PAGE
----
Advice badly needed for a RELIABLE hard drive to save music/movies/etc

Discussion in 'Buying Tips and Advice' started by TechNutt, Dec 4, 2007.

  1. TechNutt macrumors member

    Feb 1, 2007
    Hi, I'm a newbie, and I need some help.

    I want to buy an external hard drive for my Mac that would be able to hold 600-800 of my cds, plus other files like some video and applications to backup my macbook pro since I dont have enough storage space as it is. I think I would need a 500 GB drive, but I'm not entirely sure since all my music files would be in aac format.

    What I'm most concerned with is the *reliability* factor! I've read on forums and web site reviews where hard drives will be dead in a year's time, and since I'm no expert, I would like to know other people's opinions. I've read good and bad reviews on the Lacie drives, but also for Seagate's drives. Isn't there anything that separates itself from the rest of the pack?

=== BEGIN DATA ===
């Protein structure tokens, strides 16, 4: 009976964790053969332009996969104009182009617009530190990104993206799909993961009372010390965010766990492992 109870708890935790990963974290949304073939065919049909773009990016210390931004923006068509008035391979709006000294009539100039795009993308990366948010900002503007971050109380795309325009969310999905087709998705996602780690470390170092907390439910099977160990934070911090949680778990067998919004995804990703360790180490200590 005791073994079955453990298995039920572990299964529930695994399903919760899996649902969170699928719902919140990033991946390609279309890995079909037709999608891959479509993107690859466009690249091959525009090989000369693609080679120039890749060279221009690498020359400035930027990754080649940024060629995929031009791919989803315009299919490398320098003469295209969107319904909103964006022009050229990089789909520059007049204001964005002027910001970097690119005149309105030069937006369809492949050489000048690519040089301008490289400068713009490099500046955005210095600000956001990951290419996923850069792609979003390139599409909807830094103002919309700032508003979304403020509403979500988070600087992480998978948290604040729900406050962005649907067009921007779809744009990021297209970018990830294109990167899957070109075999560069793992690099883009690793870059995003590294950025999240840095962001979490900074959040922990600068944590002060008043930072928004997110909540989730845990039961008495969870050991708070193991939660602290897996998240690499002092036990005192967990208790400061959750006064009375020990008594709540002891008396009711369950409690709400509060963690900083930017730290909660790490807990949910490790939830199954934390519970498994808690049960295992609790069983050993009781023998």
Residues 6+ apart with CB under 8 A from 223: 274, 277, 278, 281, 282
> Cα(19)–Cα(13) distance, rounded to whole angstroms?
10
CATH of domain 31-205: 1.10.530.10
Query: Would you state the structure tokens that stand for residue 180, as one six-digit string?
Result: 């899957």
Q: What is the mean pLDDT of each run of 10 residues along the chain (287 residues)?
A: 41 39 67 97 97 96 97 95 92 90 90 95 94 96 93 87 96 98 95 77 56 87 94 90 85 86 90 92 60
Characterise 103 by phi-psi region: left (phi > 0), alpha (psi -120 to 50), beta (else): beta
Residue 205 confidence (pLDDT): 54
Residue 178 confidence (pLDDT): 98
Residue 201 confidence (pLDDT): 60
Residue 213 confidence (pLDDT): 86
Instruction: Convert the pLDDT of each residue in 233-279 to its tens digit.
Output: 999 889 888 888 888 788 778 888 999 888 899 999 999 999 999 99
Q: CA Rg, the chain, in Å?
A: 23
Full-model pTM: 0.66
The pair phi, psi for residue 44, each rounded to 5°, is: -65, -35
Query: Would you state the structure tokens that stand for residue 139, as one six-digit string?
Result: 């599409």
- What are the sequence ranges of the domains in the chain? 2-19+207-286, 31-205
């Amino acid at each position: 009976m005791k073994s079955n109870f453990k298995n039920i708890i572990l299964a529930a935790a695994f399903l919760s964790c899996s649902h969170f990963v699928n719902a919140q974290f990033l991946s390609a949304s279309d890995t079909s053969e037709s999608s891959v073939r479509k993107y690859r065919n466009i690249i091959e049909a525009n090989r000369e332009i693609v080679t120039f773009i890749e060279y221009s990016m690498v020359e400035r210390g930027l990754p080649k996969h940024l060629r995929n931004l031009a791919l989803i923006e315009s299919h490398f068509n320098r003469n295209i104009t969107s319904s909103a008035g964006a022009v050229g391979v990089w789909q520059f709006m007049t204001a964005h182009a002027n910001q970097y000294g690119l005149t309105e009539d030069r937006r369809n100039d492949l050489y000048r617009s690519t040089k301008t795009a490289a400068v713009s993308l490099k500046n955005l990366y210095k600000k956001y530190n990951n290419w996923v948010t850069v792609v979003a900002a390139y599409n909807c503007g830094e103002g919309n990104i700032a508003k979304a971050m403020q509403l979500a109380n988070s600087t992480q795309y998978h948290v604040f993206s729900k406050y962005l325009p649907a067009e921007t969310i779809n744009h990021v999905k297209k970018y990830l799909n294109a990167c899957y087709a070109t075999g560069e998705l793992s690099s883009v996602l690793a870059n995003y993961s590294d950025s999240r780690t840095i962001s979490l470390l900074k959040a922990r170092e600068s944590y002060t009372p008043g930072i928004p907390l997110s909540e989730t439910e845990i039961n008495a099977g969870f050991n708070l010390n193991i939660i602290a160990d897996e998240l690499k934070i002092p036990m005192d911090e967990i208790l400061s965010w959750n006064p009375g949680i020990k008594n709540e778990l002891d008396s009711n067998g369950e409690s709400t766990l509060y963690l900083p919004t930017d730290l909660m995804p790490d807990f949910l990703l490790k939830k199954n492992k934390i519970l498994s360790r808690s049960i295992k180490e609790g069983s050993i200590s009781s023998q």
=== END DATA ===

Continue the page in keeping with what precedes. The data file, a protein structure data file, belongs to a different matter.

I've been thinking of getting the LaCie d2 Quadra External 500GB Hard Drive (4 1/2 mouses out of 5 on MacWorld--but heard terrible things about it elsewhere), Seagate 500 GB one, or even a Western Digital one (isnt' that PC specific?). Anyway, I would like a drive to hold about 500-750 GB.

    Like I've said, I'm not concerned with much else other than reliability, first and foremost. It doesn't do much good if it's fast and/or looks pretty--BUT STILL fails. I've read about Raid 1 and Raid 5 but it seems I need more than one drive to do achieve that sort of protection.

    Please help. Any advice will be tremendously appreciated!!!! Thanks.
  2. marioman38 macrumors 6502a


    Aug 8, 2006
    Elk Grove, CA